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Time is tight: The race to quicker deliveries

How to remain competitive, achieve customer satisfaction, and drive profitability.

By Sadie Harriott

The effects of Brexit and Covid-19 have significantly changed consumer behaviour. During the pandemic, with everyone under instruction to stay at home as much as possible, use of online shopping rose dramatically. Takeaway food, grocery deliveries, and of course non-food products such as entertainment, all took centre stage at home, to while away those long lockdown hours.

Increasing demand, and newly emerging entrants into the transport and logistics sector, are driving intense competition. For instance, data from the British Retail Consortium (BRC) and KPMG, during February 2021, shows that online non-food sales rose by 82.2%, against a growth of 3.6% in February 2020.

Given the current supply-chain complications arising in Great Britain, with many shop shelves left bare, it seems likely that shoppers will continue to rely on online purchases to meet their needs. This remains even as the lockdown restrictions are lifted, and especially in the run-up to Christmas 2021, when HGV deliveries will come under even more pressure to deliver to time, with limited resources.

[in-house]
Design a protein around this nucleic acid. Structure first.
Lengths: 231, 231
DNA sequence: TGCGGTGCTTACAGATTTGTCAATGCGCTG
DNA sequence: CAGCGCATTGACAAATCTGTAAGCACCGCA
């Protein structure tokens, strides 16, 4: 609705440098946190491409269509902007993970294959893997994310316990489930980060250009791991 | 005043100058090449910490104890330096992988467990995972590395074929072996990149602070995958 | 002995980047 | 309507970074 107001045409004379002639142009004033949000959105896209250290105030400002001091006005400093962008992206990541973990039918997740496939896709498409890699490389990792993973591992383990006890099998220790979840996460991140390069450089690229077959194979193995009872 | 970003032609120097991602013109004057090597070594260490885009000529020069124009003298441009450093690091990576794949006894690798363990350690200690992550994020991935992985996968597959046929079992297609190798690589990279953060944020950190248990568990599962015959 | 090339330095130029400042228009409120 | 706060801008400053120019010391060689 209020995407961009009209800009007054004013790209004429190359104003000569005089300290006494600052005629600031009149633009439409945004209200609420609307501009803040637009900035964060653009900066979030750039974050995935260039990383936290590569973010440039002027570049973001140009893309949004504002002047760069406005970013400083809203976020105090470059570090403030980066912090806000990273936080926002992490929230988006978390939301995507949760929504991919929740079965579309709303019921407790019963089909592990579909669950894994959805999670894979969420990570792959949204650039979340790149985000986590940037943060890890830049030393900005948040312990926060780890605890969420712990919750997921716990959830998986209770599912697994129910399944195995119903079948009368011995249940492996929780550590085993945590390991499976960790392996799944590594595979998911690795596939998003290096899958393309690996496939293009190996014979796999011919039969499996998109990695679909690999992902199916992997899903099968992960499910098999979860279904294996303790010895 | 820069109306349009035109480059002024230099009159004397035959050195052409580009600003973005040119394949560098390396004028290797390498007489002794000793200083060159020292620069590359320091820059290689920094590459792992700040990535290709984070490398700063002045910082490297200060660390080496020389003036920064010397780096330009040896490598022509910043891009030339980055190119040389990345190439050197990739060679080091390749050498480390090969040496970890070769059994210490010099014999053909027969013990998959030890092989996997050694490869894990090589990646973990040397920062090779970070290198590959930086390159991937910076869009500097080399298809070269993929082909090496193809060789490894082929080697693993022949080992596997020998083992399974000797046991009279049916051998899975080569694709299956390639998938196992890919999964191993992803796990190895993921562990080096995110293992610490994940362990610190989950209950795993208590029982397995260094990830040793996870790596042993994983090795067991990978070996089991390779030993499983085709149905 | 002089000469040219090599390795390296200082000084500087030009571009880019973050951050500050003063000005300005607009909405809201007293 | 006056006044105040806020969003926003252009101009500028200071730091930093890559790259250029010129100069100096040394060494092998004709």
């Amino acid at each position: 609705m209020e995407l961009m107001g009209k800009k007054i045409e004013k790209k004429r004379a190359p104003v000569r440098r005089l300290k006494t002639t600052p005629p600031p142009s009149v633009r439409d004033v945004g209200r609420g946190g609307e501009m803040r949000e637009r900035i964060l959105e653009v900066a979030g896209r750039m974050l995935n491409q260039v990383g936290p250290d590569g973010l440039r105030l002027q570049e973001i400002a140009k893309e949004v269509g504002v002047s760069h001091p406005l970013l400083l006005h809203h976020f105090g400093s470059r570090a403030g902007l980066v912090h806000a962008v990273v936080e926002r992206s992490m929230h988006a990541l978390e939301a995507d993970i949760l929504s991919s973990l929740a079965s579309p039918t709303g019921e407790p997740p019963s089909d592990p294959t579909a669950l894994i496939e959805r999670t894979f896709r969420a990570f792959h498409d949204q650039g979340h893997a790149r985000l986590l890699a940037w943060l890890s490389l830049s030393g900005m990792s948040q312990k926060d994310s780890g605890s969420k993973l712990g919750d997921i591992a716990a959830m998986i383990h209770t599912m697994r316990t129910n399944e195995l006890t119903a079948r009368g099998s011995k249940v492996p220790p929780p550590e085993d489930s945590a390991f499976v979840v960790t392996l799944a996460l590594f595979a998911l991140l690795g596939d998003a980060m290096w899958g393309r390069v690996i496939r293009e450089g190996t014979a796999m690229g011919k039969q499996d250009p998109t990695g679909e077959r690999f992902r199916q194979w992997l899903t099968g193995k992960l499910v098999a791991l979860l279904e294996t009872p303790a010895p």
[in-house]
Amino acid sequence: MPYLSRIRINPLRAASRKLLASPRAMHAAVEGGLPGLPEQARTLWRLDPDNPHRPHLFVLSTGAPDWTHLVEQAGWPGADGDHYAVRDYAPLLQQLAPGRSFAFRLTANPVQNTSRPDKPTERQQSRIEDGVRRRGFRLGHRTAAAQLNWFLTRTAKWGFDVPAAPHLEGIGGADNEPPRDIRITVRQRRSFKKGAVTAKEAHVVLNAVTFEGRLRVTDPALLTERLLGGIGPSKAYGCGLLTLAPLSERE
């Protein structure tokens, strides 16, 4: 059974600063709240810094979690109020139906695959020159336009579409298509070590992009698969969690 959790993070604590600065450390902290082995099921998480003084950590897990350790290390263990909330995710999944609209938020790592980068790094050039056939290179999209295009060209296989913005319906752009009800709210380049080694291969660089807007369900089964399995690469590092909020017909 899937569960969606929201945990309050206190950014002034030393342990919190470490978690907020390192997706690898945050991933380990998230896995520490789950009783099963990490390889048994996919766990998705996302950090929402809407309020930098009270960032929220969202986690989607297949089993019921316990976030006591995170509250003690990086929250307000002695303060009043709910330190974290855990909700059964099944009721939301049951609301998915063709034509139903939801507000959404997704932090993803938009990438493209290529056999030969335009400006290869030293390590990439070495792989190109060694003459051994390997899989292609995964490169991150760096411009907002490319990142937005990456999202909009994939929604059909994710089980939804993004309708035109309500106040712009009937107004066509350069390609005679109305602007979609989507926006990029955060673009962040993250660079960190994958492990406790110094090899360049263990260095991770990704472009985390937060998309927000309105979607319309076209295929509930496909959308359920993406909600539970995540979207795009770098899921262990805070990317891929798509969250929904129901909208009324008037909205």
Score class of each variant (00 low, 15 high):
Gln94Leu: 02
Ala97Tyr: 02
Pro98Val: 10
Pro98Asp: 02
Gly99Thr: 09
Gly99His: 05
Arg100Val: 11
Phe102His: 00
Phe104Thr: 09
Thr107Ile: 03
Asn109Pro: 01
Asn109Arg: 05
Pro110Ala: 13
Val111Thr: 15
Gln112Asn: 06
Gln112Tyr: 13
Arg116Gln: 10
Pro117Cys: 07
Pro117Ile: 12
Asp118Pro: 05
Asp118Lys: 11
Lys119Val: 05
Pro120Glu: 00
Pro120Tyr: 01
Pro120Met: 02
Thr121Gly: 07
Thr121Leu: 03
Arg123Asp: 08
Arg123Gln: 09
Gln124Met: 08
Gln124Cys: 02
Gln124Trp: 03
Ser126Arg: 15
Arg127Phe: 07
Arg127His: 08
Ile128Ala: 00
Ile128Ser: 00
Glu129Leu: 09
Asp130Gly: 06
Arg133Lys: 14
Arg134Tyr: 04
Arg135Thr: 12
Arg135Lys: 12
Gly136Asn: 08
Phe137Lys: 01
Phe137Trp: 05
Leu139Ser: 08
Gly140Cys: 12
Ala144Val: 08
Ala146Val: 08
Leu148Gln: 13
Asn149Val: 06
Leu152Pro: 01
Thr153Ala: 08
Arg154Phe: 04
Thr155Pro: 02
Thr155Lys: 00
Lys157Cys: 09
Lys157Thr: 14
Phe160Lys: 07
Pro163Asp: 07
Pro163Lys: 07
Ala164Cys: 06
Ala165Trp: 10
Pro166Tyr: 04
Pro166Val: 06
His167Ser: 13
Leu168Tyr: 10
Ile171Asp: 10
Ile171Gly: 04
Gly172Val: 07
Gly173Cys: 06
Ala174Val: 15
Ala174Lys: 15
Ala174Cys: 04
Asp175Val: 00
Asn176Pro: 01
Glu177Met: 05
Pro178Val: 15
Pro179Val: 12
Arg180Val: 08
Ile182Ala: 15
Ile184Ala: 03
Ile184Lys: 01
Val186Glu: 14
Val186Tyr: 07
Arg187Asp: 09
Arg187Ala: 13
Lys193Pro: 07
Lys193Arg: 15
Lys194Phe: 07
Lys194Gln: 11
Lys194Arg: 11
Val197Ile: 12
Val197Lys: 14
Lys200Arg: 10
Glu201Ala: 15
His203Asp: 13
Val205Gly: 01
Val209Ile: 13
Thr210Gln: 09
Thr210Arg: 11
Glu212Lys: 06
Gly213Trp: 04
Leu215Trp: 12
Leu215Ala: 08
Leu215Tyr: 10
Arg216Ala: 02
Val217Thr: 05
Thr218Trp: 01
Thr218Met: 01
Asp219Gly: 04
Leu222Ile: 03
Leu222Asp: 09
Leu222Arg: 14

The demand is not set to reduce, so can the supply keep up?

To remain competitive, delivery and logistics organisations need to focus on satisfying customers and driving profitability by making deliveries quick and to time. This requires access to reliable addressing data, so that the properties and precise locations they are delivering to are known ahead of schedule, rather than after a package is expected. Here minute and granular detail is required for logistics companies to compete.

Because such data is a competitive advantage, it creates opportunities to increase more delivery slots, and further improve their own bottom lines. Without access to this crucial location data, organisations will find it difficult to accurately calculate success factors such as time- and cost-to-deliver. Without it, organisations are slow and often make mistakes resulting in frustrated drivers and customers, wasted time, increased costs, and poor service. This can also mean financial penalties for businesses, and ultimately, they find themselves falling behind innovative new players in a rapidly growing market.

So, much like an online order, it follows a set route:

  1. An addressing solution
  2. Intelligent routing
  3. Maximise drops
  4. Improve revenue and profits.

But this can only be achieved through the highly accurate, detailed, up-to-date and authoritative data provided in geospatial addressing products such as AddressBase.

The power of good data

Read our insight, 'Delivering in a logistics crisis', looking at why more and more people are turning to online shopping.